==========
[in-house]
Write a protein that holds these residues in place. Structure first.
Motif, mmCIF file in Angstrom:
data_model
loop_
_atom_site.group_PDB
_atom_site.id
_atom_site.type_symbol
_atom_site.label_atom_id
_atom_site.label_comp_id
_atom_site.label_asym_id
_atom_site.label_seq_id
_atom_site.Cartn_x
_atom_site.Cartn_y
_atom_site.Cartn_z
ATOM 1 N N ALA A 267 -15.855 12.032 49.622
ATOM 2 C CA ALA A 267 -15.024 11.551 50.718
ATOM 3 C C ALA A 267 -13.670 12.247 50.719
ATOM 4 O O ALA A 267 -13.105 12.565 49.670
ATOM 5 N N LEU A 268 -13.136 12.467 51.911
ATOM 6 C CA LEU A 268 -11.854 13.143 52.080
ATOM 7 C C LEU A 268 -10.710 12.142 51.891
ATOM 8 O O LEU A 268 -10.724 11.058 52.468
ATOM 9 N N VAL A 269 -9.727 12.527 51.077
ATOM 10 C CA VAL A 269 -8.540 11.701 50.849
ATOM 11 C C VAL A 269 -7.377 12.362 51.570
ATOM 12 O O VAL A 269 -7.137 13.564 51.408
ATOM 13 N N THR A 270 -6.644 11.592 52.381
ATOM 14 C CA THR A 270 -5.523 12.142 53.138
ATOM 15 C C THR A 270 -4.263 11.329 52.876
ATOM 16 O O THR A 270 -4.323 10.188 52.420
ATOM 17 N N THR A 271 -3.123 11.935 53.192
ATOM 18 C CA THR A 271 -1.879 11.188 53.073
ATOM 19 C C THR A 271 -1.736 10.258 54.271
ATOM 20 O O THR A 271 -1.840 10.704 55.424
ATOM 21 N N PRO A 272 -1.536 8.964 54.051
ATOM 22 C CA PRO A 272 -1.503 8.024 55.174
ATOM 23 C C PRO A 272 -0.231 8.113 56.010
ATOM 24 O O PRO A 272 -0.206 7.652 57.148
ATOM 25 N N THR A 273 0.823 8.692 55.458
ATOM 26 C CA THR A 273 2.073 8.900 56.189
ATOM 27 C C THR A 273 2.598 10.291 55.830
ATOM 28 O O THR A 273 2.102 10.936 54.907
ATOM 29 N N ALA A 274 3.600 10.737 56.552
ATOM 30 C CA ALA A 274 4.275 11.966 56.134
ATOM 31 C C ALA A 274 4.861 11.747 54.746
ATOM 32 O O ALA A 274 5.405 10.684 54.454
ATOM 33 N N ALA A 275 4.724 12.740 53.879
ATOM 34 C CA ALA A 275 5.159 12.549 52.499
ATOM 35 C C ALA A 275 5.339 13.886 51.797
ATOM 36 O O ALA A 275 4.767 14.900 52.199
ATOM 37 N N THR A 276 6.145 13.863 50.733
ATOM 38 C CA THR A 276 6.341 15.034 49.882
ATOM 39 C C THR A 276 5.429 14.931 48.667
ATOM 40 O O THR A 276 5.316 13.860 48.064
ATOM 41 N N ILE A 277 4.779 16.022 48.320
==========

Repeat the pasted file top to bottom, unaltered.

[in-house]
Write a protein that holds these residues in place. Structure first.
Motif, mmCIF file in Angstrom:
data_model
loop_
_atom_site.group_PDB
_atom_site.id
_atom_site.type_symbol
_atom_site.label_atom_id
_atom_site.label_comp_id
_atom_site.label_asym_id
_atom_site.label_seq_id
_atom_site.Cartn_x
_atom_site.Cartn_y
_atom_site.Cartn_z
ATOM 1 N N ALA A 267 -15.855 12.032 49.622
ATOM 2 C CA ALA A 267 -15.024 11.551 50.718
ATOM 3 C C ALA A 267 -13.670 12.247 50.719
ATOM 4 O O ALA A 267 -13.105 12.565 49.670
ATOM 5 N N LEU A 268 -13.136 12.467 51.911
ATOM 6 C CA LEU A 268 -11.854 13.143 52.080
ATOM 7 C C LEU A 268 -10.710 12.142 51.891
ATOM 8 O O LEU A 268 -10.724 11.058 52.468
ATOM 9 N N VAL A 269 -9.727 12.527 51.077
ATOM 10 C CA VAL A 269 -8.540 11.701 50.849
ATOM 11 C C VAL A 269 -7.377 12.362 51.570
ATOM 12 O O VAL A 269 -7.137 13.564 51.408
ATOM 13 N N THR A 270 -6.644 11.592 52.381
ATOM 14 C CA THR A 270 -5.523 12.142 53.138
ATOM 15 C C THR A 270 -4.263 11.329 52.876
ATOM 16 O O THR A 270 -4.323 10.188 52.420
ATOM 17 N N THR A 271 -3.123 11.935 53.192
ATOM 18 C CA THR A 271 -1.879 11.188 53.073
ATOM 19 C C THR A 271 -1.736 10.258 54.271
ATOM 20 O O THR A 271 -1.840 10.704 55.424
ATOM 21 N N PRO A 272 -1.536 8.964 54.051
ATOM 22 C CA PRO A 272 -1.503 8.024 55.174
ATOM 23 C C PRO A 272 -0.231 8.113 56.010
ATOM 24 O O PRO A 272 -0.206 7.652 57.148
ATOM 25 N N THR A 273 0.823 8.692 55.458
ATOM 26 C CA THR A 273 2.073 8.900 56.189
ATOM 27 C C THR A 273 2.598 10.291 55.830
ATOM 28 O O THR A 273 2.102 10.936 54.907
ATOM 29 N N ALA A 274 3.600 10.737 56.552
ATOM 30 C CA ALA A 274 4.275 11.966 56.134
ATOM 31 C C ALA A 274 4.861 11.747 54.746
ATOM 32 O O ALA A 274 5.405 10.684 54.454
ATOM 33 N N ALA A 275 4.724 12.740 53.879
ATOM 34 C CA ALA A 275 5.159 12.549 52.499
ATOM 35 C C ALA A 275 5.339 13.886 51.797
ATOM 36 O O ALA A 275 4.767 14.900 52.199
ATOM 37 N N THR A 276 6.145 13.863 50.733
ATOM 38 C CA THR A 276 6.341 15.034 49.882
ATOM 39 C C THR A 276 5.429 14.931 48.667
ATOM 40 O O THR A 276 5.316 13.860 48.064
ATOM 41 N N ILE A 277 4.779 16.022 48.320